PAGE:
Sewing Kit

Tools, clockwise from lower left: large awl, sewing awl, rivercane needle case, bone toothpick, sewing needles in center.

I have spent a lot of time sewing lately.  This includes new buckskin trousers, a cotton shirt, shoes, a few leather bags, and some repairs to older clothes.  This has caused me to think about sewing without manufactured goods.  Over the last few evenings I’ve been making a better primitive sewing kit.  Although I can’t say that bone could fully replace the smallest steel needles in my day-to-day sewing basket, I have been able to make some very small ones indeed from some deer legs I have lying around.

I’ve learned that very small holes can be made with a largish stone flake or knife if it has a sufficiently acute point, drilling from one side and joining it with a hole from the other.  From a sewing perspective, the smallest hole possible will provide the strongest needle. during the finishing on the smallest needles, I had a 50% failure rate splitting out the eye.  No matter though, as all that was lost will a little time but knowledge and experience were gained along the way.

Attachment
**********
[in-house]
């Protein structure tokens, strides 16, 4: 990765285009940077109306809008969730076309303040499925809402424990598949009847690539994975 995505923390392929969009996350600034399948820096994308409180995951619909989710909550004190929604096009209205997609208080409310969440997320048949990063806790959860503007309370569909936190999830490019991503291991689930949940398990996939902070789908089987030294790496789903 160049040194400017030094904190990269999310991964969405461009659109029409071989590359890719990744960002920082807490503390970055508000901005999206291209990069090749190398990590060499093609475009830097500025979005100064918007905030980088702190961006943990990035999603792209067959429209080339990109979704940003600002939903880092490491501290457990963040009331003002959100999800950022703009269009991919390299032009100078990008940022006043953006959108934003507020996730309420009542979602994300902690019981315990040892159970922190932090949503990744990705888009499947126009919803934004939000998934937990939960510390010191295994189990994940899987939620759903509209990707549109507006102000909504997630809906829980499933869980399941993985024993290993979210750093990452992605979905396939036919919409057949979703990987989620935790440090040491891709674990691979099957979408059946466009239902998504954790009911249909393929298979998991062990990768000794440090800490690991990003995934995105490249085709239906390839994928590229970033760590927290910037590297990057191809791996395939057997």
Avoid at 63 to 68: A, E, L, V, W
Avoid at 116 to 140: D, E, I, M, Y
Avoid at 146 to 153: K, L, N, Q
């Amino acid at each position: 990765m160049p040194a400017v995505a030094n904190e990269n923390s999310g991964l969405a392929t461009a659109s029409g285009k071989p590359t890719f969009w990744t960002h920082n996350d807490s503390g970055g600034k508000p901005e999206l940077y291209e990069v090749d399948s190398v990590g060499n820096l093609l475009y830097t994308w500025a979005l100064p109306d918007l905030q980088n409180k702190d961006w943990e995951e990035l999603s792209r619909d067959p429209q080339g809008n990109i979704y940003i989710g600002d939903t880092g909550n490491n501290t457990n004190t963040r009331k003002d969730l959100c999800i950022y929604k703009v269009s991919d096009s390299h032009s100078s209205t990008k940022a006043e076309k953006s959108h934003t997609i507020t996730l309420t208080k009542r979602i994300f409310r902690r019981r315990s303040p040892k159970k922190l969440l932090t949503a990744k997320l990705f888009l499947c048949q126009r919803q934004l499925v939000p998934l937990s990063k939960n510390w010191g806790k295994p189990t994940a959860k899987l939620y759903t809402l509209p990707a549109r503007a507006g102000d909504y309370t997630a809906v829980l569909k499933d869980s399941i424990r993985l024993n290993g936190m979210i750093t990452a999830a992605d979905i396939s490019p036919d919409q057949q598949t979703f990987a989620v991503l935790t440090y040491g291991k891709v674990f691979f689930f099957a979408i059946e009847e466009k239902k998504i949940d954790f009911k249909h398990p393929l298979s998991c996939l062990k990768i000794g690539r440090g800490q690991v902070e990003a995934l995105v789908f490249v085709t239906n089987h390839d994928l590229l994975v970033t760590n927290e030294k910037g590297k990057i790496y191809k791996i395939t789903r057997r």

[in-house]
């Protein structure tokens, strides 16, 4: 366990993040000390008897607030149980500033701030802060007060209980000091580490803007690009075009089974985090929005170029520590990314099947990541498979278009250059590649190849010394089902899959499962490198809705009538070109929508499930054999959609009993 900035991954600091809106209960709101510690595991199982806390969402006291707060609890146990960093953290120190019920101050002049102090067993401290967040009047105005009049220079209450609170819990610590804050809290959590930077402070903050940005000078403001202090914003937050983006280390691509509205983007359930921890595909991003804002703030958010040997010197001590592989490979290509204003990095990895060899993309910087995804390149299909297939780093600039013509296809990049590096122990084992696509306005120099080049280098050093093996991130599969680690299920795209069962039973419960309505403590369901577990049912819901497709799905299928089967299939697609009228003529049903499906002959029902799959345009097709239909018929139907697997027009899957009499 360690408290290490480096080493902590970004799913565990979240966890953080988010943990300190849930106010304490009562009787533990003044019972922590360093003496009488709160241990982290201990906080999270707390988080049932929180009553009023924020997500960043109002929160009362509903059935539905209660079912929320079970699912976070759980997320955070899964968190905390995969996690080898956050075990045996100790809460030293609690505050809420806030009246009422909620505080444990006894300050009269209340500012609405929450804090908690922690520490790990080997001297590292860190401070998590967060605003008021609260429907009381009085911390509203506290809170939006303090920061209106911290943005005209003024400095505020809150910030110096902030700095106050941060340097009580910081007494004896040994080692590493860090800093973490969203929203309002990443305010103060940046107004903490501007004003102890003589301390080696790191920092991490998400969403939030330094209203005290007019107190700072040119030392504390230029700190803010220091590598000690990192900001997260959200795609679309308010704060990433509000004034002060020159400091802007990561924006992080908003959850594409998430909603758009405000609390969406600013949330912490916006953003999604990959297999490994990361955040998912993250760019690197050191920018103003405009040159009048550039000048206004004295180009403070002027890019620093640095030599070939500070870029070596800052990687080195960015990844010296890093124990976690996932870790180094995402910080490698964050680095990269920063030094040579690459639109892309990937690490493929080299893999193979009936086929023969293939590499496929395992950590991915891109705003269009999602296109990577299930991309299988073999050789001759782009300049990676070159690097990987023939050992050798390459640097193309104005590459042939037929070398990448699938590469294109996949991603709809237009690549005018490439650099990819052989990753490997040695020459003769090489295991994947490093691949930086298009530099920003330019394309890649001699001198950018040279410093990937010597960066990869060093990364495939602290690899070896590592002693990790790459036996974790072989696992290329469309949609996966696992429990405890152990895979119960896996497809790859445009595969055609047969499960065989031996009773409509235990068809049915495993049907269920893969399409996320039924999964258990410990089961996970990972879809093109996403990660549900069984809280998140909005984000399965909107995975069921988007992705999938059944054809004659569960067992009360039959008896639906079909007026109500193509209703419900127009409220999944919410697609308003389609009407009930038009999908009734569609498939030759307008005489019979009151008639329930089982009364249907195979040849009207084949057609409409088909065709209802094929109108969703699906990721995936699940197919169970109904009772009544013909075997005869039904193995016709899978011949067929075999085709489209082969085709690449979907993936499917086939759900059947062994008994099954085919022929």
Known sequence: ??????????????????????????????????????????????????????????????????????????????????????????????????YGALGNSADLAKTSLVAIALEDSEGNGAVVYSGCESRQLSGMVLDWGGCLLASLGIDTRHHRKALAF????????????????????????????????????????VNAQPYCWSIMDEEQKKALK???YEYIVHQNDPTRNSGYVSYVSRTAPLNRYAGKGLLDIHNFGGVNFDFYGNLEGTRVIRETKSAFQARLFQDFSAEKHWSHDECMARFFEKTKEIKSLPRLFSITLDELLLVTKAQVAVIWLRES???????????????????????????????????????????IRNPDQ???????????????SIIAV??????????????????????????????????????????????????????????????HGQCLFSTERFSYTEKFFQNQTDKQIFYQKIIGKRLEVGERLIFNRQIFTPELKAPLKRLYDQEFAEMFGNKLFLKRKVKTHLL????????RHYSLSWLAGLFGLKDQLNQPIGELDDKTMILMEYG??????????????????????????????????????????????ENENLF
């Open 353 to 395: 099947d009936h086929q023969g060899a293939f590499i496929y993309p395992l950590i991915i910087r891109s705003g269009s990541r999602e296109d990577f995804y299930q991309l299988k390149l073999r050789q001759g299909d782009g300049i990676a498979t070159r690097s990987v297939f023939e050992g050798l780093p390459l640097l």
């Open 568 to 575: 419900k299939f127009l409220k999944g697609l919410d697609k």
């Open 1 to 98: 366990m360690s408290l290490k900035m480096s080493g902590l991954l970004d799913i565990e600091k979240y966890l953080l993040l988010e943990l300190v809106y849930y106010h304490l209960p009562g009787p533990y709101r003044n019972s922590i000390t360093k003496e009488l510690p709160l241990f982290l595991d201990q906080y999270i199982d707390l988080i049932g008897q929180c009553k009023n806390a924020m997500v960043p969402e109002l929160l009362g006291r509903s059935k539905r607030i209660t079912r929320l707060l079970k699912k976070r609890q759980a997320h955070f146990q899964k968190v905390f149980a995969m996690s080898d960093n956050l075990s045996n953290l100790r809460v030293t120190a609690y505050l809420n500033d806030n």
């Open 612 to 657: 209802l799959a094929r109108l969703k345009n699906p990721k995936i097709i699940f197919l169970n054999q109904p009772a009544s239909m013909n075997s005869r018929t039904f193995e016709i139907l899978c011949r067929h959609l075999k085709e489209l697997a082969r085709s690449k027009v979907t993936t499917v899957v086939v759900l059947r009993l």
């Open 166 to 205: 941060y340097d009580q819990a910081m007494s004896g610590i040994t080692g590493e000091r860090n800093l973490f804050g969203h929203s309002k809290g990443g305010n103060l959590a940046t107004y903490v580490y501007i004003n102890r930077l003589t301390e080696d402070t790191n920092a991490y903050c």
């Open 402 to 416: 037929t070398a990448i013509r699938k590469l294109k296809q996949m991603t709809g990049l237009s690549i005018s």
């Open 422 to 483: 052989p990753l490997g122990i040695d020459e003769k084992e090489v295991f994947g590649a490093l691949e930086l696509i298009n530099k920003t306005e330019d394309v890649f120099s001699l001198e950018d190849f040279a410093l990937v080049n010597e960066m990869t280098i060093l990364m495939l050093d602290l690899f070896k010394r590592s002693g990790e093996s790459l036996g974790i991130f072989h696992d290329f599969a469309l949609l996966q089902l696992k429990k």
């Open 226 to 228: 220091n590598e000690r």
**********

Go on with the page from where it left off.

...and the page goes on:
Eyed needle from the burial at Horn Shelter, Texas.  Click the image for the related article.

Despite their fragility, bone needles are found far back in the archaeological record of Europe, Asia, and North America.  Small, eyed needles are generally considered, in the Anthropological community, as proxy evidence for tailored clothing or, in a few cases, surgical.

Both the awls above are also based on archaeological examples; the awl being a universal tool in human communities.  The metacarpal “knob” on the sewing awl still needs a bit of refinement but the round handle works well for repeated stitching in buckskin.

In use on the new trousers.

Making the new needles prompted a new needle case.  This is a simple affair made from rivercane with a yucca stem stopper.  The cordage strengthens the tube and prevents splitting and the whole thing was rubbed down with pine tar for preservation (hence the dark coloration of the cord).

Finally, with a thin scrap of bone I ground out a bone toothpick to keep in the kit as it is always a handy thing to have in the bush.


One thought on “Sewing Kit

  1. Great pieces of handwork you got there.
    Love the rest of your blog, too. Or at least what I’ve seen so far, so I’ll be checking back again.
    I can relate to your way of thinking and there’s so much I can learn from you.

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